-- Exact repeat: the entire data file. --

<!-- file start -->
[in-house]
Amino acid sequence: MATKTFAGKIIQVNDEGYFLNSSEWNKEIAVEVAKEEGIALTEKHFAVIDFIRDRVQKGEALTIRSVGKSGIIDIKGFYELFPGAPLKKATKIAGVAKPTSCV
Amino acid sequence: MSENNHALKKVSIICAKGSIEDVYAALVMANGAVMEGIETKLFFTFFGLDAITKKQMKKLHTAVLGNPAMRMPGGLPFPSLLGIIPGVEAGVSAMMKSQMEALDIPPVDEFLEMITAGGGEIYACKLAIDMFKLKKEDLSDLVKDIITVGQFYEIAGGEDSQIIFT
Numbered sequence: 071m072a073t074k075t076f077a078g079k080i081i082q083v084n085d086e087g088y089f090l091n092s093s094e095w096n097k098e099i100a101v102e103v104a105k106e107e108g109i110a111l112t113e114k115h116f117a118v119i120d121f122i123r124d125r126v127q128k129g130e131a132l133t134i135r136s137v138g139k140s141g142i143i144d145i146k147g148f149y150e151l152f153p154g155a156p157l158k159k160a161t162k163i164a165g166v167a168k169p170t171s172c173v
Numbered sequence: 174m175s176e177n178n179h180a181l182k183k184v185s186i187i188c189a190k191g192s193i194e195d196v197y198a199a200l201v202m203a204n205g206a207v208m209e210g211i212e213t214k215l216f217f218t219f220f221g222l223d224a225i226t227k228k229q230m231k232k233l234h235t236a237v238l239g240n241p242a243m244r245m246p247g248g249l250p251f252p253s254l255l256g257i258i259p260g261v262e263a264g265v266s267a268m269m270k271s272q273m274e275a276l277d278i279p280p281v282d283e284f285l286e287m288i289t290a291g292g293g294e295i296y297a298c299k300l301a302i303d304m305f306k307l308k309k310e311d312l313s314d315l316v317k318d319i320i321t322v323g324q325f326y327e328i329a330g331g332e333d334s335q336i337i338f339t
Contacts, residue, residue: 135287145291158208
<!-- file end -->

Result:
[in-house]
Amino acid sequence: MATKTFAGKIIQVNDEGYFLNSSEWNKEIAVEVAKEEGIALTEKHFAVIDFIRDRVQKGEALTIRSVGKSGIIDIKGFYELFPGAPLKKATKIAGVAKPTSCV
Amino acid sequence: MSENNHALKKVSIICAKGSIEDVYAALVMANGAVMEGIETKLFFTFFGLDAITKKQMKKLHTAVLGNPAMRMPGGLPFPSLLGIIPGVEAGVSAMMKSQMEALDIPPVDEFLEMITAGGGEIYACKLAIDMFKLKKEDLSDLVKDIITVGQFYEIAGGEDSQIIFT
Numbered sequence: 071m072a073t074k075t076f077a078g079k080i081i082q083v084n085d086e087g088y089f090l091n092s093s094e095w096n097k098e099i100a101v102e103v104a105k106e107e108g109i110a111l112t113e114k115h116f117a118v119i120d121f122i123r124d125r126v127q128k129g130e131a132l133t134i135r136s137v138g139k140s141g142i143i144d145i146k147g148f149y150e151l152f153p154g155a156p157l158k159k160a161t162k163i164a165g166v167a168k169p170t171s172c173v
Numbered sequence: 174m175s176e177n178n179h180a181l182k183k184v185s186i187i188c189a190k191g192s193i194e195d196v197y198a199a200l201v202m203a204n205g206a207v208m209e210g211i212e213t214k215l216f217f218t219f220f221g222l223d224a225i226t227k228k229q230m231k232k233l234h235t236a237v238l239g240n241p242a243m244r245m246p247g248g249l250p251f252p253s254l255l256g257i258i259p260g261v262e263a264g265v266s267a268m269m270k271s272q273m274e275a276l277d278i279p280p281v282d283e284f285l286e287m288i289t290a291g292g293g294e295i296y297a298c299k300l301a302i303d304m305f306k307l308k309k310e311d312l313s314d315l316v317k318d319i320i321t322v323g324q325f326y327e328i329a330g331g332e333d334s335q336i337i338f339t
Contacts, residue, residue: 135287145291158208